Sore Jaw? Healing TMJ

We must be a very stressed out society. The number of people I see with TMJ lately is astounding. We all seem to be clenching our teeth all the time. Even mouth guards that dentists like giving us don’t seem to be working.


TMJ is the term we use to describe jaw pain caused from tightness in the temporomandibular joints on each side of our jaws. At times, the jaw can become so tight that it ‘clicks’ when opened wide enough or moved back and forth. Our jaws can get locked and become difficult or impossible to open. Headaches, earaches and pain in the neck can even develop if TMJ isn’t addressed quickly.


According to WebMD.com there are 7 home treatments that can be done to reduce the symptoms of TMJ:

1. Take over-the-counter medications. ...

2. Use moist heat or cold packs. ...

3. Eat soft foods. ...

4. Avoid extreme jaw movements. ...

5. Don't rest your chin on your hand. ...

6. Keep your teeth slightly apart as often as you can. ...

7. Learn relaxation techniques to help loosen up your jaw.


There are several traditional medical treatments as well. These include medications such as higher doses of NSAIDs for pain and swelling, muscle relaxers, anti-anxiety medications, and antidepressants.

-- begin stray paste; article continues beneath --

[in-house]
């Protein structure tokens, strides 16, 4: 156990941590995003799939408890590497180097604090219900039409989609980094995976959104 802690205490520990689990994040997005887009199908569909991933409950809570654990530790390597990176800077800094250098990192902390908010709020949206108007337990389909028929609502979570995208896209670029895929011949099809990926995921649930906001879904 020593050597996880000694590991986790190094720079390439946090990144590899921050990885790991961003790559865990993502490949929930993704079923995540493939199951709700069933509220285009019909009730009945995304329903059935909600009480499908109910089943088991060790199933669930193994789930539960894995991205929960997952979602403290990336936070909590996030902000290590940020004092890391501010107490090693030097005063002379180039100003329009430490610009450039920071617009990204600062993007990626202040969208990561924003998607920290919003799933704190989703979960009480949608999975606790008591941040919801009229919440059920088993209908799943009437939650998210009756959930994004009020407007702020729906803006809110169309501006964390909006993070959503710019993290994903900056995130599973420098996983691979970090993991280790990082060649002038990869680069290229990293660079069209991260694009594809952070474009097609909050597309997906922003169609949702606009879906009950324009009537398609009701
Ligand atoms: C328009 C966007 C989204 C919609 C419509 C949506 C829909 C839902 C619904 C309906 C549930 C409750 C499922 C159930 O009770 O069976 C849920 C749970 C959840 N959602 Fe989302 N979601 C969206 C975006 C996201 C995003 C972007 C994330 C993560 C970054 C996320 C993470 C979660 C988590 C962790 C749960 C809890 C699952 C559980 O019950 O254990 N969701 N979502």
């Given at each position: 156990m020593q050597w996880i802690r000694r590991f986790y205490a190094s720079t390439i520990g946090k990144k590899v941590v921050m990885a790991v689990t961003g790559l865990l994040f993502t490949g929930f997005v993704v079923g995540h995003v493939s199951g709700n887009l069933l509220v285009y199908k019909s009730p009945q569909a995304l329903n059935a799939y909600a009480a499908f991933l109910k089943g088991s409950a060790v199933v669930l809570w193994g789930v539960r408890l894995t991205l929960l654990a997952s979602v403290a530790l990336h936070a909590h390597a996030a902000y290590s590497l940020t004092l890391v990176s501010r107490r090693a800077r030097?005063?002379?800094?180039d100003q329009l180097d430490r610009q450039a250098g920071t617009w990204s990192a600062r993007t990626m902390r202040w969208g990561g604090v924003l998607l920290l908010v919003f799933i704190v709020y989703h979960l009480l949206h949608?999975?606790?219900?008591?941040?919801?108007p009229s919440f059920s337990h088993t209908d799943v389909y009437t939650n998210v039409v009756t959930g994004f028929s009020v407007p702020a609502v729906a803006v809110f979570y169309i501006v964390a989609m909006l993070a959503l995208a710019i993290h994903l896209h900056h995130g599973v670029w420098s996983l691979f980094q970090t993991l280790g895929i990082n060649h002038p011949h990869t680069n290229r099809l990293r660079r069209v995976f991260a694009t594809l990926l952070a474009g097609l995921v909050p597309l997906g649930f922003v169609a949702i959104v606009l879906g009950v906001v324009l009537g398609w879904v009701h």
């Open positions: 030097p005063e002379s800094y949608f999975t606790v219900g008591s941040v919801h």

Often, dentists will recommend a splint or night guard if you grind your teeth at night. Sometimes they will want to do dental work such as crowns or braces to balance the biting surfaces of your teeth. Pain medication or anesthesia can also be injected into the tender facial muscles to relieve the pain. Sometimes even surgery is recommended to remove inflamed or damaged tissue, or to realign the disc or joint.


What’s interesting is that WebMD.com doesn’t mention that there are some very effective massage techniques that are very effective in the treatment of TMJ. If you think about it, how does TMJ form anyway? When you clench or grind your teeth, you are overusing some of your muscles, including the sternocleidomastoid, which extends up from the thorax to the base of the skull behind the ear. The other muscles involved are the masseter, temporalis, medial pterygoid, and lateral pterygoid. These muscles are in your cheeks and extend above the ear.



Through gentle massage and mild to medium pressure, these muscles can be relaxed and the pain can be greatly reduced or eliminated. I have found much success in doing just this for my clients. As one of my clients indicated in part of his review on Google, “Recently Karen was able to release years of tighten knotted tissue in my jaw and temples as a result of TMJ,” it’s never too late to have it treated.

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© 2018 by Karen Kraft

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